Fuel Poverty Action (FPA) reacted angrily when the UK prime minister, David Cameron, said he would act to cut fuel bills. Why?
FPA campaigns against higher fuel bills that hurt the poor – or does it? Cameron said he would ‘cut the green crap’, meaning the ‘green levies’ that are added by law on fuel bills. Fuel Poverty Action, supposedly the friend of the poor, denounced the proposed cut.
FPA is organising protests against high prices in central London on 26 November, but its own policy seems to support higher prices. How did it tie itself in these knots? The answer is that FPA’s campaigners support the green levies on fuel bills.
Green levies on fuel bills were brought in by the New Labour government to finance the transition away from fossil fuels to renewable energy. They make up nine per cent of the cost of the average fuel bill, currently running at £1,300 a year.
It is easy to see how FPA and other defenders of the green levies have painted themselves into this corner. The levies are supposed to fund investment in wind power and other renewables, and also to pay for government schemes to insulate people’s houses so that they can cut their fuel use.
The problem is that both of these are long-term goals which – it is hoped – will cut the cost of fuel for households. But in the here and now they are adding to the cost of electricity bills. Green campaigners like FPA end up calling for higher fuel bills so we can have lower fuel bills. In 1947, the then president of France, Charles de Gaulle, said something similar: ‘We must all tighten our belts if the standard of living is to rise.’ A few days ago, the Guardian wrote about ‘green levies, which go towards… helping the poor cut their usage’.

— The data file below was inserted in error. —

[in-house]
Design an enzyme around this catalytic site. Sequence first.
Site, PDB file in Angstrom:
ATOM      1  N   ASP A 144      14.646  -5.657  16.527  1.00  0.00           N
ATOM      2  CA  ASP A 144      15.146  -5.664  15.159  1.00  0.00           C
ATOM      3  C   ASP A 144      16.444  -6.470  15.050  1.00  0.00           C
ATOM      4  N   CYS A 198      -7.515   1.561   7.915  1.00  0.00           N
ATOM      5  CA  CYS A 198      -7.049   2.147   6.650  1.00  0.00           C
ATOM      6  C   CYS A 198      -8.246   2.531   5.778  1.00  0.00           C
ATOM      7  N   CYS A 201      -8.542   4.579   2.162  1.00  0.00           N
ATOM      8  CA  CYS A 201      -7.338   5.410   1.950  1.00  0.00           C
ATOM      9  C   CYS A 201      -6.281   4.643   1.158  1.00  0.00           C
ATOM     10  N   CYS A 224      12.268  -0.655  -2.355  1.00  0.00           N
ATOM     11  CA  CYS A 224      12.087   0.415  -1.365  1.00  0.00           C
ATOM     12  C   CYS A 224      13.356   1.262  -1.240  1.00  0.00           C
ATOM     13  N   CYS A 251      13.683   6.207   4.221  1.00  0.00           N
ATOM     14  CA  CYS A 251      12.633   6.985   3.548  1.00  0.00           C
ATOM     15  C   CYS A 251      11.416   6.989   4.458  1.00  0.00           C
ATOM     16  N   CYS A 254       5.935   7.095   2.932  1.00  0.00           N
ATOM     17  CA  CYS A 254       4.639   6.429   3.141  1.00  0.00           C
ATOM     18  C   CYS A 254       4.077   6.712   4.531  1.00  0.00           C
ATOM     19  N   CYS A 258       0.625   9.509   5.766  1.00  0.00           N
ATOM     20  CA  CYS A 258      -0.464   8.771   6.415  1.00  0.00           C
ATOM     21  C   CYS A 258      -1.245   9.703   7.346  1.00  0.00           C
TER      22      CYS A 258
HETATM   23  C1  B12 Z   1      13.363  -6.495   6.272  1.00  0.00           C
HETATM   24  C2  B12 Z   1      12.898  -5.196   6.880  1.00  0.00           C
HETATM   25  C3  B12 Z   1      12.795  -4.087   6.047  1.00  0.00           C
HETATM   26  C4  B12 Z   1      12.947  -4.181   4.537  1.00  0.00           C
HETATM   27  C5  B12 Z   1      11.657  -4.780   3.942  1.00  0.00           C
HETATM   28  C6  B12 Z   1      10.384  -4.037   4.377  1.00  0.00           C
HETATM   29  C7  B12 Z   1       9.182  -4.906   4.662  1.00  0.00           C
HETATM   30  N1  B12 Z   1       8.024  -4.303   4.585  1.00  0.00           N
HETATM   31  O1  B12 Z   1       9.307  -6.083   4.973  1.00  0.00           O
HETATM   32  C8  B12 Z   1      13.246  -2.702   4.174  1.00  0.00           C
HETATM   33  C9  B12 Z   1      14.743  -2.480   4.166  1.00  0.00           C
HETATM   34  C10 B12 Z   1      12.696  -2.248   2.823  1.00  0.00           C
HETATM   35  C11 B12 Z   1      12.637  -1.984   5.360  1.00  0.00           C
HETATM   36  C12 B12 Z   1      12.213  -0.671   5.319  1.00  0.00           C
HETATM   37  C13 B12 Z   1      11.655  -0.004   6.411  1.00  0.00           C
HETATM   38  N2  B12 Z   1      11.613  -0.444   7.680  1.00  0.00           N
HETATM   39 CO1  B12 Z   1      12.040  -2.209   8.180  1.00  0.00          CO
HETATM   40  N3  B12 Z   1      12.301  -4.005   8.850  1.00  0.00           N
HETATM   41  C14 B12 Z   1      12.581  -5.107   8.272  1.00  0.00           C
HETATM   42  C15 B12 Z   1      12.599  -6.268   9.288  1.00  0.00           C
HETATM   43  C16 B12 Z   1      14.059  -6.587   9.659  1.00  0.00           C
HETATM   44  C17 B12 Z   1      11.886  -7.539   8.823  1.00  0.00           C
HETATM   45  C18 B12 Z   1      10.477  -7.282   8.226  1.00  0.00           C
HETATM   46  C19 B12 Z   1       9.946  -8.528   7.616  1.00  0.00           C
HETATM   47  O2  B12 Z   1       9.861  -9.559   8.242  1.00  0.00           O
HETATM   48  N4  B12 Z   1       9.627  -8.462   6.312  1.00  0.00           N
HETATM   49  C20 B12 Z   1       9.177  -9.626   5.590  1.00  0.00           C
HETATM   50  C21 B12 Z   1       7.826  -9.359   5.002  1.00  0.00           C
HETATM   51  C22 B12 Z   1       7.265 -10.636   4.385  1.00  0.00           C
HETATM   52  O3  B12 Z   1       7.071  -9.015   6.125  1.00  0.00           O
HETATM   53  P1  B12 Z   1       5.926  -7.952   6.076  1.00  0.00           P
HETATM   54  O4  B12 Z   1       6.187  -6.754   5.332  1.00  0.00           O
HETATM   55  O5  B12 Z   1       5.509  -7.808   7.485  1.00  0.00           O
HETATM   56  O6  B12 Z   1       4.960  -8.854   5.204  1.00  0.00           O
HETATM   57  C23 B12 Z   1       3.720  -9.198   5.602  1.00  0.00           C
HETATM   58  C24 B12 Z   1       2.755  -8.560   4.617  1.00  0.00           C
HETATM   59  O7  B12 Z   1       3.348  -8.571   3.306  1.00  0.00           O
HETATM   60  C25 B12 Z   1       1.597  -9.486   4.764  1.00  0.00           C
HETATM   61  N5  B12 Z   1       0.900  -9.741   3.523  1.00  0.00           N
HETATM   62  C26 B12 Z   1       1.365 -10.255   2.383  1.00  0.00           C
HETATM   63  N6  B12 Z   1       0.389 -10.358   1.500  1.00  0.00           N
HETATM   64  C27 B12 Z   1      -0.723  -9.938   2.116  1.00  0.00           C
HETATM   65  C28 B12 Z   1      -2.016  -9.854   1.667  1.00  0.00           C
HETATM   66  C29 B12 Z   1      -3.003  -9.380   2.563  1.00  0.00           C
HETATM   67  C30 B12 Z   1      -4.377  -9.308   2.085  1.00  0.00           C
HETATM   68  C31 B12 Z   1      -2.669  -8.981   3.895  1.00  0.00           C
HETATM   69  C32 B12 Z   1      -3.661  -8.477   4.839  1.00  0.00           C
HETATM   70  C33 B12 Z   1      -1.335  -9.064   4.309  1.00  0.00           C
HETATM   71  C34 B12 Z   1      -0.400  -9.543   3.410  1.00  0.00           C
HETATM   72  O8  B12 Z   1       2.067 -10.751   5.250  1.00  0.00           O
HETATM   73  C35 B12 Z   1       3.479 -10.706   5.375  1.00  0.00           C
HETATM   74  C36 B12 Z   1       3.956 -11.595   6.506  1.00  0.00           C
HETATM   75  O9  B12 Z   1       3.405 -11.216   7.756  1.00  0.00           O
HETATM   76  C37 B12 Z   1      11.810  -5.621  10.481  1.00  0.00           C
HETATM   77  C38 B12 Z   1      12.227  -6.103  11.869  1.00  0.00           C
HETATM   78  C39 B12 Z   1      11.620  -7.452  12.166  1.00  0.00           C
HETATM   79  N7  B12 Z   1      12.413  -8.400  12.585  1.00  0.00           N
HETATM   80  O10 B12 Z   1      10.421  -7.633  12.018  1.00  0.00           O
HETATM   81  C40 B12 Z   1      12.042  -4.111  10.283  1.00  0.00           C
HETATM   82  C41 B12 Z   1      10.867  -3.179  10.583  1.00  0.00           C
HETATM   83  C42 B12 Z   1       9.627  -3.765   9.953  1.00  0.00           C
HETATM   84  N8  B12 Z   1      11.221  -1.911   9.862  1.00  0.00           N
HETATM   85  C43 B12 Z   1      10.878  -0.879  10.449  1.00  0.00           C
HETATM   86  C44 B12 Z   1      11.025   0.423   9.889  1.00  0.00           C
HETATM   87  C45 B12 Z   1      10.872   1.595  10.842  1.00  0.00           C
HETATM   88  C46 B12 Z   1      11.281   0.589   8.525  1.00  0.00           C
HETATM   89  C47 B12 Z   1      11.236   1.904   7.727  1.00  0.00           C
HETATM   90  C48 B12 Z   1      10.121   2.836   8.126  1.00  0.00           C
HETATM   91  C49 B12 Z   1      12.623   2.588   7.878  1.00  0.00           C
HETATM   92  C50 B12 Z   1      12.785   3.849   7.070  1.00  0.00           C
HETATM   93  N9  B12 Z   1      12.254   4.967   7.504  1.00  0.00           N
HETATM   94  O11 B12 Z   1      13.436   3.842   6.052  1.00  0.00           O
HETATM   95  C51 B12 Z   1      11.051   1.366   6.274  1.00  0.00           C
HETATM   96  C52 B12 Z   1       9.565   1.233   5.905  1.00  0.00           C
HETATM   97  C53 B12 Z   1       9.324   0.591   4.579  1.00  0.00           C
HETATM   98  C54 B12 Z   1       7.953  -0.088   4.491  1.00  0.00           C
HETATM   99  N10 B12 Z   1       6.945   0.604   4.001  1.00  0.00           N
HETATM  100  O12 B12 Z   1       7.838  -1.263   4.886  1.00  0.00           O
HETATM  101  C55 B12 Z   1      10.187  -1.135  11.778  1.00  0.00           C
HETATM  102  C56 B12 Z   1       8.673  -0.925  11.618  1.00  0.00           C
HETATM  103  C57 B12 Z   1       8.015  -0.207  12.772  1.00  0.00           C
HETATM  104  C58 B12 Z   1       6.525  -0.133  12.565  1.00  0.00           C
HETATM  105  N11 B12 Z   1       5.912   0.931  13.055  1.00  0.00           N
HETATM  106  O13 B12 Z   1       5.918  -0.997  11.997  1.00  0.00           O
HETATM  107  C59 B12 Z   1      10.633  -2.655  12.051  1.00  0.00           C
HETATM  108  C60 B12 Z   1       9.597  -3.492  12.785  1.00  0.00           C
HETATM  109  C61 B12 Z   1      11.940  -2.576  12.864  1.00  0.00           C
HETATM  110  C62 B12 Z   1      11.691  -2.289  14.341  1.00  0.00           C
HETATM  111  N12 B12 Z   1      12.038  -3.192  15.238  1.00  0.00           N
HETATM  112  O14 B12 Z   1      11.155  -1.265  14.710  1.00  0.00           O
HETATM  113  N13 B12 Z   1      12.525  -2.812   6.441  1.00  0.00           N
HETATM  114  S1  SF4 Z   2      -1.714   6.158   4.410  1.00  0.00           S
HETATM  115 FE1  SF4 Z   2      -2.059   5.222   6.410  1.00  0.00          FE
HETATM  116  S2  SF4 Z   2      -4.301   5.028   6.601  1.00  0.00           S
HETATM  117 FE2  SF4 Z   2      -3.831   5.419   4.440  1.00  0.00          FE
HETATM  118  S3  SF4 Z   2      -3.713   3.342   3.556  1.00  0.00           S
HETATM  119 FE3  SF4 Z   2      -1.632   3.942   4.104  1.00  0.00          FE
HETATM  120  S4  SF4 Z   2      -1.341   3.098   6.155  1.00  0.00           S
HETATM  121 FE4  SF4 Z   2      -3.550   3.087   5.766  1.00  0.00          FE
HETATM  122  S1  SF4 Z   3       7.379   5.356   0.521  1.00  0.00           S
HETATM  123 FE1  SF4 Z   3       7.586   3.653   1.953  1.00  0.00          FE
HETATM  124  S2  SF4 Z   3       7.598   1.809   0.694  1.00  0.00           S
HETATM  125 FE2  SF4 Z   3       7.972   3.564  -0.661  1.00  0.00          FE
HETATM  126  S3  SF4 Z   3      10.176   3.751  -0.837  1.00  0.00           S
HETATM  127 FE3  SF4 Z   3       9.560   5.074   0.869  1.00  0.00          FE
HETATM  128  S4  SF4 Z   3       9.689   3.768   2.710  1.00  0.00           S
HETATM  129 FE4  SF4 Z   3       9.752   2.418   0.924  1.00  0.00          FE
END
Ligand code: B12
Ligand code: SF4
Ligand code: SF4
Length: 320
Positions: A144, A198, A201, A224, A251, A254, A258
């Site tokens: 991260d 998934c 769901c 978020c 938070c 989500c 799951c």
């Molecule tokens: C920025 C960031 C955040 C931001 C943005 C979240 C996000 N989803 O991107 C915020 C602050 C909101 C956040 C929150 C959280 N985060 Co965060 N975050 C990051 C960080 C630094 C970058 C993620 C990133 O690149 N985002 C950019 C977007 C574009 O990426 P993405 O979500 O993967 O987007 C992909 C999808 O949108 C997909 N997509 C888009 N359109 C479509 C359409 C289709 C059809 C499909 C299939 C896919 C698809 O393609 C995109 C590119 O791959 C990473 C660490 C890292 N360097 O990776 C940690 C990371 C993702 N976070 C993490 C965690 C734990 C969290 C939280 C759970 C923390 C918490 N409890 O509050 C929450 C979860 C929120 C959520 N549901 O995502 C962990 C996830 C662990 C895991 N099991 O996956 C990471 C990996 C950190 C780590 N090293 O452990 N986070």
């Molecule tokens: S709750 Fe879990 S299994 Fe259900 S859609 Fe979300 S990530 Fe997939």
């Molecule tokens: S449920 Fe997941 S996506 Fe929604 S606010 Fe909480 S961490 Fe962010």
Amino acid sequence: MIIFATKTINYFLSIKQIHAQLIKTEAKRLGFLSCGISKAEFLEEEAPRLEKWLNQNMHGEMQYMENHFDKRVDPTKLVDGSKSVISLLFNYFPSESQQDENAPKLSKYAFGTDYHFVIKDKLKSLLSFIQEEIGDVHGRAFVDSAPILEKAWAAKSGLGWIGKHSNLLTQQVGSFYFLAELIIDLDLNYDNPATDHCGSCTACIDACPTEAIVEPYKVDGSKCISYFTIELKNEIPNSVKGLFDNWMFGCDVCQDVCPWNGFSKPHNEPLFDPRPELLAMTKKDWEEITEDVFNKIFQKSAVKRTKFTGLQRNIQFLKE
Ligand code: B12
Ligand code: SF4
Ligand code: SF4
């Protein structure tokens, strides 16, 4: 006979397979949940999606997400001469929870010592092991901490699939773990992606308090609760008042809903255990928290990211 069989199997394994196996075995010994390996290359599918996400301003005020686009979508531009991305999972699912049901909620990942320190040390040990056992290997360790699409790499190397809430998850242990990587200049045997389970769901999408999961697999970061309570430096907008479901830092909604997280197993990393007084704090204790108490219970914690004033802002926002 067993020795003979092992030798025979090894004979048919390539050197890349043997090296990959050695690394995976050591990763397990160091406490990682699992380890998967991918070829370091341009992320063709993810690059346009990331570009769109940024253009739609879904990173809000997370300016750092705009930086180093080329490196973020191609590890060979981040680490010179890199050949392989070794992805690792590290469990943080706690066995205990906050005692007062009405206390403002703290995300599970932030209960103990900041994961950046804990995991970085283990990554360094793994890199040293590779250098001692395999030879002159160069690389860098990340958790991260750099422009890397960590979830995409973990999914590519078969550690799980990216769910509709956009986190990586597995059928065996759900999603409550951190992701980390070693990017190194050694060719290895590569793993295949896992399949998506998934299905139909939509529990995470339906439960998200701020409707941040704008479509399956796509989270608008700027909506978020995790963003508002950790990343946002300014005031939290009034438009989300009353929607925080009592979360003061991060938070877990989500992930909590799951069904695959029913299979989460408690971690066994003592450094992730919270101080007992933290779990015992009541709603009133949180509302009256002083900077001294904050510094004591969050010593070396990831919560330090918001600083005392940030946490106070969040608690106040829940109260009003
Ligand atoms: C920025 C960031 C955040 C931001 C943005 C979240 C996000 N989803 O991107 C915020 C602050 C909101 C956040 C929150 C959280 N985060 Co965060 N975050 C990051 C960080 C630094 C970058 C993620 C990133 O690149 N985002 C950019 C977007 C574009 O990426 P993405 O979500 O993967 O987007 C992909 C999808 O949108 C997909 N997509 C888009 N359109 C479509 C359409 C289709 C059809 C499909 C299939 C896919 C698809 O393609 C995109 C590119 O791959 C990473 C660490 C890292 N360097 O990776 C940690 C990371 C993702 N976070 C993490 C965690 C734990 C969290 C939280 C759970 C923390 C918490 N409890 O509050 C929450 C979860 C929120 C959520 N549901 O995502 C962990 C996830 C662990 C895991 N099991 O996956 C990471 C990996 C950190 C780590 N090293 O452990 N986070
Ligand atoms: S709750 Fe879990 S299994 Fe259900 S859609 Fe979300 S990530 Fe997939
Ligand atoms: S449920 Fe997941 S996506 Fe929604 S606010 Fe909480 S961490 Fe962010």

Green campaigners have long known that there is a problem with their goal of reducing consumption, namely that it is unlikely to be popular with the vast majority of people, who are also consumers (it was a point that was hotly debated at the ‘climate camps’ – the annual green get-togethers – until they stopped in 2011). The point is sharply drawn in the green policy on fuel bills. Environmentalists want to see less fossil fuel burned, which means less electricity generated and higher prices. Moreover, environmentalists have long argued that prices are artificially low, and should include the cost of pollution.
The green levies on energy bills are based on those arguments. Higher fuel bills will cut consumption, and lead to smaller carbon emissions. To make their point, green protesters succeeded in blocking a proposed coal-fired power station at Kingsnorth in 2008, and won a moratorium on future coal-burning plants – and cutting back on electricity generation in turn leads to higher prices.